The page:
Days of Obligation
One of the joys of being semi-retired is that I no longer have to go to Mass every day. I know that may shock some of my faithful readers, but the priests among them may know what I mean. In a parish which has a daily Mass, and especially when there is no curate or other priestly help, the duty of saying Mass every day can become wearisome. And this is multiplied by those days when one has to say two or even three Masses. I know many a priest – and especially Roman Catholic ones – who have told me that there is something wrong with a system which leads them to groan when the next Mass rolls round. What was a joy and delight in their youth has turned into an oppressive duty.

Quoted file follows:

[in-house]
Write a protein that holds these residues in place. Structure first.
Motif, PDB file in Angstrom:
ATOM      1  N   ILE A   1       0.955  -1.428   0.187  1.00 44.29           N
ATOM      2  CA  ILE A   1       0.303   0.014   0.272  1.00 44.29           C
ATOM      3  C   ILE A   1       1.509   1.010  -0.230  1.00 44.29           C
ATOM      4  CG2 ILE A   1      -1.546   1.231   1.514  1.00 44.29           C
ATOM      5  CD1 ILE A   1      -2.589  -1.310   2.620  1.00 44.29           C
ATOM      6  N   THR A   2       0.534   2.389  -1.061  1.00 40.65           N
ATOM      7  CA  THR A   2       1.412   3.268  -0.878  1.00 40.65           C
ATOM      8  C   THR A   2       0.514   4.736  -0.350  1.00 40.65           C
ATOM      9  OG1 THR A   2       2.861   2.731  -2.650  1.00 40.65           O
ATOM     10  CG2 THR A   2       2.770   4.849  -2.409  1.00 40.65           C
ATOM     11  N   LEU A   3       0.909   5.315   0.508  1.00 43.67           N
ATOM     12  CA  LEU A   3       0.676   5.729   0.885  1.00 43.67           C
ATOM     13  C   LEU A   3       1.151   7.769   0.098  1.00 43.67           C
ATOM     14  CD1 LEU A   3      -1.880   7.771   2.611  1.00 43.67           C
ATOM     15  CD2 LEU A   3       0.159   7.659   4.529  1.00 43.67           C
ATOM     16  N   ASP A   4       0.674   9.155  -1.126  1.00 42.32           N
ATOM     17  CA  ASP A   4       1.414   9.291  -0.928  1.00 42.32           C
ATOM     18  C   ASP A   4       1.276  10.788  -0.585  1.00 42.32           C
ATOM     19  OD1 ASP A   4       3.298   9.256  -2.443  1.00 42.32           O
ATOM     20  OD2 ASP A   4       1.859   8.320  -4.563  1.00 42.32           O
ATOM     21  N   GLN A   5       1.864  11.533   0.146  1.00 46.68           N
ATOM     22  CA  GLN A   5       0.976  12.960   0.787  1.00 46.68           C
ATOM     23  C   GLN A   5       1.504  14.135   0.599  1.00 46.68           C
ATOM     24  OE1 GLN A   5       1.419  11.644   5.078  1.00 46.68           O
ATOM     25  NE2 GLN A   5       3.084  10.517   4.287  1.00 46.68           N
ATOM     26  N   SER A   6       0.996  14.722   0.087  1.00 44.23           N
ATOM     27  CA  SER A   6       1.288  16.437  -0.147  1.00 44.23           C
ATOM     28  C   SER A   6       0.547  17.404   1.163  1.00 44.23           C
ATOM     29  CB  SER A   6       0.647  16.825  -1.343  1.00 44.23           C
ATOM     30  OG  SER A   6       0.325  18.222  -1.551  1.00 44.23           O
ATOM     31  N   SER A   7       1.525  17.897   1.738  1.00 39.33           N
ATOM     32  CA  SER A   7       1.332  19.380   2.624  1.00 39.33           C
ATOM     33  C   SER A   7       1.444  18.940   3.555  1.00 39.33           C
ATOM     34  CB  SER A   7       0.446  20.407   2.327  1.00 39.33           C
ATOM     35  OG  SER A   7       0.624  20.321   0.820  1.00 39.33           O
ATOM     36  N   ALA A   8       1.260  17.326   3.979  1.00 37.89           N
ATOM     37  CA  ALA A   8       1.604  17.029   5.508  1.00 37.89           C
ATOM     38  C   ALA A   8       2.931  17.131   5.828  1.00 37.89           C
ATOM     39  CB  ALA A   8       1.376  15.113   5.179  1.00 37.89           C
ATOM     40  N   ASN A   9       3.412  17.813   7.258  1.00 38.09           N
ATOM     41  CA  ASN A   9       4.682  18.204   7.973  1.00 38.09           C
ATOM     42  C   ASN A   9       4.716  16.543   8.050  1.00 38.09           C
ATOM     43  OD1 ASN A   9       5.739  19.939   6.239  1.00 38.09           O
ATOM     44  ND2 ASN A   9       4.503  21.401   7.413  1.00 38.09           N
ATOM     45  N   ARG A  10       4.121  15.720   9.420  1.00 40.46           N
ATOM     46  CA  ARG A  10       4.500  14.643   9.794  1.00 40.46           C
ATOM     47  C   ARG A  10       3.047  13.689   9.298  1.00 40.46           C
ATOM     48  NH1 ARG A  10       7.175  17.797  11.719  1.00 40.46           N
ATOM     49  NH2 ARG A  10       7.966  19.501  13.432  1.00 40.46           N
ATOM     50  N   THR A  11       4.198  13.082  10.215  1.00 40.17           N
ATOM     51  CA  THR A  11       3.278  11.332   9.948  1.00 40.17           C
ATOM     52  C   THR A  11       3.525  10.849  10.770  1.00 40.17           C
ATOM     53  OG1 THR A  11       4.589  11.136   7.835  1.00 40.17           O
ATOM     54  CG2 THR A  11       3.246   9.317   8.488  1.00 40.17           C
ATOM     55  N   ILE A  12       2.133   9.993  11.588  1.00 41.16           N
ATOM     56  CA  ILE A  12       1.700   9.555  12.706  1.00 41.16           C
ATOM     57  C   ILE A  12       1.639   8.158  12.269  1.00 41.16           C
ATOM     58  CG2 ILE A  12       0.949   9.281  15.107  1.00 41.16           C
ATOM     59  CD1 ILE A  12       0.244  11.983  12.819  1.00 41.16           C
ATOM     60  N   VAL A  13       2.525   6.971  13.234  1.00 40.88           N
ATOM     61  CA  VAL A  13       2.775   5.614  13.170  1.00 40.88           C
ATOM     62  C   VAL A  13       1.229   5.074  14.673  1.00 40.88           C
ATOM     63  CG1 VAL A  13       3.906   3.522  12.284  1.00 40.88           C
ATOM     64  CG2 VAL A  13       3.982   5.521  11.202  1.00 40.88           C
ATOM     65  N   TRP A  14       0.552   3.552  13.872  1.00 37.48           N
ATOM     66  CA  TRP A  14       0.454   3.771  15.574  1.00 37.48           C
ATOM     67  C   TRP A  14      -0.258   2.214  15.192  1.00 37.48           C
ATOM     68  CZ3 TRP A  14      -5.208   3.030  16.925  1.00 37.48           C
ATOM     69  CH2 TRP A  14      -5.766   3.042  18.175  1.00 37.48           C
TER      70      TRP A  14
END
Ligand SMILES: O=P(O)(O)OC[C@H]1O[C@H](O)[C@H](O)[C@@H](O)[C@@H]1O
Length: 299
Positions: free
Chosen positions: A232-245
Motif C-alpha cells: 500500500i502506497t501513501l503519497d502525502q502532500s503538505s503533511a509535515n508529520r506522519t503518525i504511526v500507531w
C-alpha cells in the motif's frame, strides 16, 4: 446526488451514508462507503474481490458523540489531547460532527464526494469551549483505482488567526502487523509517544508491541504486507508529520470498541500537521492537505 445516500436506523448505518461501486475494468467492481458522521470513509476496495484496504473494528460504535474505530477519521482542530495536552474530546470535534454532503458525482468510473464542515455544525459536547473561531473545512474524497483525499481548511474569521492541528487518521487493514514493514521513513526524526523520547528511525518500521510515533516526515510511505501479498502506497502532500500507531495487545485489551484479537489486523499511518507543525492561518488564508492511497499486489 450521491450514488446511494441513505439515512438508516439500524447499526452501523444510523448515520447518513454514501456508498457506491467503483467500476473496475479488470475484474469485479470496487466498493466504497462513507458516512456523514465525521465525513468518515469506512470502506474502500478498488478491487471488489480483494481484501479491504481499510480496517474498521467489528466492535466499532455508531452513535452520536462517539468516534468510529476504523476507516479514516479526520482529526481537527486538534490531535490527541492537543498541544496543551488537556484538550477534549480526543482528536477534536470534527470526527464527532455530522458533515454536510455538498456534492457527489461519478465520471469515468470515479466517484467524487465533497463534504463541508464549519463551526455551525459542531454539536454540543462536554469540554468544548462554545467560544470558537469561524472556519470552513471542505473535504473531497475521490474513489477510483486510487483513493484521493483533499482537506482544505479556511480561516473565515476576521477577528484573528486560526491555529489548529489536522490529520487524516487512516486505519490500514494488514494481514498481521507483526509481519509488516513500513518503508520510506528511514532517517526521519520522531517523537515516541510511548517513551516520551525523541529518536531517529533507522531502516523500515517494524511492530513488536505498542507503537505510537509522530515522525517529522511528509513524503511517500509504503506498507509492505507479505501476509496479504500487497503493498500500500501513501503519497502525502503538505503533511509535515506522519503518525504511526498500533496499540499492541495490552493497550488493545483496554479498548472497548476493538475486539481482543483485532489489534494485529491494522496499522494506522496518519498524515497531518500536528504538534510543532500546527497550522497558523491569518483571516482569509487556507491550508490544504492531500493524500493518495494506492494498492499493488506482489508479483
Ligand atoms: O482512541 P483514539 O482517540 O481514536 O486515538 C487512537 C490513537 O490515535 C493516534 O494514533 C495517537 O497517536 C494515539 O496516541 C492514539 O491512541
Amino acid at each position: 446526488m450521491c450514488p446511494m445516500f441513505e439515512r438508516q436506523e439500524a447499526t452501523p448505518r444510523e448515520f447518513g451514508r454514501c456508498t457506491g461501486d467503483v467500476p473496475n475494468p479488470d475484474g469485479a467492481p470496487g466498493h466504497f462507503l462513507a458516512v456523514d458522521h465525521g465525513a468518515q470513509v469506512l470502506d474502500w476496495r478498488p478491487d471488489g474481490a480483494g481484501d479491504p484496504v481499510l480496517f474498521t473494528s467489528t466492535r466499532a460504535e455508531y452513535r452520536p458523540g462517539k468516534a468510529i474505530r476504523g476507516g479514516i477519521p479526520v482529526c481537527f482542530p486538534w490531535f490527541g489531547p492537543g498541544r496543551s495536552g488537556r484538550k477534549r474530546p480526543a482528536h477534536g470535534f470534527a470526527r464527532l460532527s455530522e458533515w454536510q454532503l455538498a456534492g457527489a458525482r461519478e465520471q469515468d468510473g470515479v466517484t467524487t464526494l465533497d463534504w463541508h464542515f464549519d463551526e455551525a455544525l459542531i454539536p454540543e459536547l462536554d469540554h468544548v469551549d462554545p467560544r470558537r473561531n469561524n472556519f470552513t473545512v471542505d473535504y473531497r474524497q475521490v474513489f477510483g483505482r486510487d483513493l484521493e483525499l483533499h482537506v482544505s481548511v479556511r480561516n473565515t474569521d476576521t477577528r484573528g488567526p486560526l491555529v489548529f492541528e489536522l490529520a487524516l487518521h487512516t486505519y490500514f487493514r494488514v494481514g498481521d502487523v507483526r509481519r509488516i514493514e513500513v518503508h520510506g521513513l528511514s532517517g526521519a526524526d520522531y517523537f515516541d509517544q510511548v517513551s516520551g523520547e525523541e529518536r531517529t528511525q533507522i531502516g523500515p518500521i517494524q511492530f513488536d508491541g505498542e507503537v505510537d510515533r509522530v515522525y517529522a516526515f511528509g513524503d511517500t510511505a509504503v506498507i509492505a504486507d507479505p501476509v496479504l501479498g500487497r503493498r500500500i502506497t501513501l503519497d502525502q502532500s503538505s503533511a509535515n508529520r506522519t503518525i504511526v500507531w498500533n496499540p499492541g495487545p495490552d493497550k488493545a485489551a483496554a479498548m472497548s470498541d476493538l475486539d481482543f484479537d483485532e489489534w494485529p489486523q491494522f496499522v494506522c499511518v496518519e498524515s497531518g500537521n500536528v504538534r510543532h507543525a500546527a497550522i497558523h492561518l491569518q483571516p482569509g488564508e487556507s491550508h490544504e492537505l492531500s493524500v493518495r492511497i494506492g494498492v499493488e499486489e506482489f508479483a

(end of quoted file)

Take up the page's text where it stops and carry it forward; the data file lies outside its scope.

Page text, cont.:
Of course, this is far less of a lay phenomenon. A layman can choose when he or she wants to go to Mass, and so usually the Eucharist remains a delight. But over the centuries the Western Church has developed a discipline which insists that it is a grave sin not to go to Mass on a Sunday and on certain other days of the year, which it calls “Days of Obligation”. Now, any properly formed Catholic Christian will want to go to church every Sunday and for the great feasts of the year, and indeed may want to go much more often, but it is far healthier that he or she feel they are going for the love of Him who instituted the Eucharist, and not because of any church rule.